Countdown to destruction for Scotland's corals?
With the oceans warming and moving towards acidity, will Scotland's cold-water corals die out within a hundred years as some predict, or do they have the capacity to adapt and survive? These are the key questions facing a team of top international scientists about to set off on a month long research voyage in the waters around Scotland using the latest robotic submersible technology. The researchers will be aboard the Natural Environment Research Council’s Royal Research Ship James Cook.
The 'Changing Oceans' expedition is part of the £12m UK Ocean Acidification Research programme (UKOA) jointly funded by NERC, DECC and Defra. It will study how these unique deep sea ecosystems function, how they may be impacted by changes in sea temperature and ocean chemistry and provide new information on how they might best be protected into the future.
“The Changing Oceans Expedition will help us understand how these ancient ecosystems function which is vital information for a sound scientific basis for their future conservationStewart Stevenson, Minister for the Environment and Climate Change
Stewart Stevenson, Minister for the Environment and Climate Change, who was briefed by the 'Changing Oceans' team onboard before they set out said:
“The Changing Oceans Expedition will help us understand how these ancient ecosystems function which is vital information for a sound scientific basis for their future conservation.
"It's less than ten years since the discovery of the Mingulay coral reefs by a team also led by Professor Roberts. Since then understanding of this marine ecosystem has developed considerably.
"It is also very encouraging to see that the voyage is allowing school pupils first-hand experience of the amazing ecosystems in our offshore waters, and the opportunity to share this understanding with other pupils around the country."
At the start of the voyage schoolchildren from Sgoil Lionacleit in Benbecula, will visit the ship to watch the expedition’s robotic submarines explore the deep sea coral reefs growing on the Hebridean seabed. The team will also be working with the pupils and educational specialists from Our Dynamic Earth in Edinburgh to develop environmental workshop materials for use in schools around Scotland.
Expedition leader Murray Roberts, Professor of Marine Biology at Heriot-Watt University, said, "For Scotland's coral reefs the key questions are: will these changes in sea water chemistry make it impossible for the corals to grow, or can they somehow adapt to changing conditions and survive?
"Over the past 100 years, human activities including the burning of oil, coal and gas have increased carbon dioxide levels in the atmosphere, causing the oceans to become warmer and lower in pH. For cold-water corals, these changes mean that they may start to grow slower, need more food to survive, and may not even be able to grow in some areas. There may also be changes in how much food is available, as the whole marine food web is likely to be altered, unpredictably, in a future, warmer, lower pH ocean.
"We need to learn more about how these corals will react to the changes, by studying how they survive now, and by doing laboratory experiments to see how they respond to different conditions. There are also a myriad of other animals and microorganisms which live on and around these coral reefs – we will be examining how these creatures will be affected by changes in their environment. Our work will also characterise the carbonate chemistry and environmental conditions surrounding the reef areas, and map the seabed. We will also collect cores of the seabed that can take us back thousands of years in time."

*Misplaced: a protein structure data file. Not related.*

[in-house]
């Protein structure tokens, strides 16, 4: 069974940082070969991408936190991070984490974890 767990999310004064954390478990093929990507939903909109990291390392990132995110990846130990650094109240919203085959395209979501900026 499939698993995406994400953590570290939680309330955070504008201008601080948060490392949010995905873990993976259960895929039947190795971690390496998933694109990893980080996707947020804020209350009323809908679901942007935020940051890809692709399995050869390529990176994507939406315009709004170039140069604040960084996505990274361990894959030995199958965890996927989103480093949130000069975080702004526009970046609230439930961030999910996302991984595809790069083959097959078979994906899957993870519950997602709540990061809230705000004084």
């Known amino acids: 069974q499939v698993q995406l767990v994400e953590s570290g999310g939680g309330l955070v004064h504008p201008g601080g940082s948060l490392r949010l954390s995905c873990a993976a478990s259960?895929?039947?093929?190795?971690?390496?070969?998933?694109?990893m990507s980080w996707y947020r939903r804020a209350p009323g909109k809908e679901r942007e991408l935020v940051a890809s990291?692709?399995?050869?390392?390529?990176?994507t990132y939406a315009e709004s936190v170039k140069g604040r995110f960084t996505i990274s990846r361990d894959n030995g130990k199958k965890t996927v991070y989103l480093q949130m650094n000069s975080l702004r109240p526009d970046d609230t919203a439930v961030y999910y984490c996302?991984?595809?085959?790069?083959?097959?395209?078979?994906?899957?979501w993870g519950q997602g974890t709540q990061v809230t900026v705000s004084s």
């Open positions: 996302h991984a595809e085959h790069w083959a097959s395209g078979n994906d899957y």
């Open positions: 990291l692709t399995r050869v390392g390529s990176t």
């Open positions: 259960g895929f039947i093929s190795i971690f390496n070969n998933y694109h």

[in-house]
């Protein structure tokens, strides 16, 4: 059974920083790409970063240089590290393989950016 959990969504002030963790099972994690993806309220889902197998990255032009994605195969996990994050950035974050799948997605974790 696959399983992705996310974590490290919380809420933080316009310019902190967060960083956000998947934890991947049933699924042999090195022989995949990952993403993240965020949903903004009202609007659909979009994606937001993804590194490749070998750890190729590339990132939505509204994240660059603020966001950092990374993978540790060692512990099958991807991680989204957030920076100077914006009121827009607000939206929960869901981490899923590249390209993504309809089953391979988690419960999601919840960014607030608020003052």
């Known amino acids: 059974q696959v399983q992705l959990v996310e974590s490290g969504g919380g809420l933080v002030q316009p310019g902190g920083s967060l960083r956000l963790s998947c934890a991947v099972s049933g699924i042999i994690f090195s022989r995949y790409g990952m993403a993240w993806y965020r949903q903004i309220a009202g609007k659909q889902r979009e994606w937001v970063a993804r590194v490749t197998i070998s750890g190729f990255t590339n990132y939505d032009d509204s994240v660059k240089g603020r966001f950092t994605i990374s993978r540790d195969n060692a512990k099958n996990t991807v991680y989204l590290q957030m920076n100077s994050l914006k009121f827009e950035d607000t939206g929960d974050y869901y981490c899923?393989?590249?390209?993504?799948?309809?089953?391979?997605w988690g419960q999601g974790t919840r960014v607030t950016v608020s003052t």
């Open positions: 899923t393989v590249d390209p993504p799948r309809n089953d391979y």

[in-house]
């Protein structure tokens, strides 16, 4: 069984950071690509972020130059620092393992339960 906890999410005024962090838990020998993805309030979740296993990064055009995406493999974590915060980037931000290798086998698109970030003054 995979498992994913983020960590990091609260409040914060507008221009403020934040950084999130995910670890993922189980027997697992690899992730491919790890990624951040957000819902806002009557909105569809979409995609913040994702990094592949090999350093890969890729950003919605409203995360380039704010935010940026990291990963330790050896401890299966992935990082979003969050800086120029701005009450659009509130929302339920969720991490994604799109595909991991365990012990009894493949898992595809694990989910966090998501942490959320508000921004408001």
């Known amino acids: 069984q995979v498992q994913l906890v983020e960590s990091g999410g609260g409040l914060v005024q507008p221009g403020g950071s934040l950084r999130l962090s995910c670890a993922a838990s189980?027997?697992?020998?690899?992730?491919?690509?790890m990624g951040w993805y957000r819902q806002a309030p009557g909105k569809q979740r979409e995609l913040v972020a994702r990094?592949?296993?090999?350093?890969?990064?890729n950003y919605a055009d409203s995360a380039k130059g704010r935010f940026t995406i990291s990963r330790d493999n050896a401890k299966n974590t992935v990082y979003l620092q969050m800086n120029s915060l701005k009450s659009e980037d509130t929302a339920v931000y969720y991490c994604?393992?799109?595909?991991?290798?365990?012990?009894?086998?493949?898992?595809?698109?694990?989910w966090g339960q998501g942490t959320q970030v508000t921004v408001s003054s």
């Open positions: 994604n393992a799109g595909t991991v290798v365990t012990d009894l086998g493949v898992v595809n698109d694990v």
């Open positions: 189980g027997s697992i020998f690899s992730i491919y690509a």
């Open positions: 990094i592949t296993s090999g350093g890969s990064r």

For Scotland's coral reefs the key questions are: will these changes in sea water chemistry make it impossible for the corals to grow, or can they somehow adapt to changing conditions and survive?Murray Roberts, Professor of Marine Biology
In a month-long sea voyage the Changing Oceans team will visit a number of key sites in UK, Irish and international waters, using remote-controlled underwater vehicles to film ecosystems like cold-water coral reefs and deep-sea sponge grounds. The team plans to visit several sites, including the shallow reefs off Mingulay, and the deeper reefs on Rockall Bank and the Logachev Mounds. The scientists will also conduct seabed experiments and collect samples which will be transported in large specialised sea water tanks for further study in the lab.
They will also be running a blog covering details of the voyage, the research and their findings.
Long-term educational outreach
Some pupils from Sgoil Lionacleit Benbecula will have the opportunity to visit the RRS James Cook at sea, watch how the team operates and see with their own eyes the amazing views of their sub-sea neighbourhood being fed back from underwater vehicles.
Then, in a long-term project, being run in conjunction with ‘Our Dynamic Earth’ in Edinburgh, they will also study the needs of the different stakeholders likely to be affected by the impacts of climate change on the marine environment. As part of this, the team, including the children themselves, will develop educational tools for workshops on such conservation issues for use in schools throughout Scotland.
Dr Christine Angus, Education Manager at ‘Our Dynamic Earth’, said, “We are delighted to be working with the science team on the Changing Oceans Expedition."
Professor Murray Roberts said, "It's the upcoming generations who are going to be the custodians of the natural world. This is an opportunity for young people to see with their own eyes the amazing underwater habitats that exist on their own doorstep."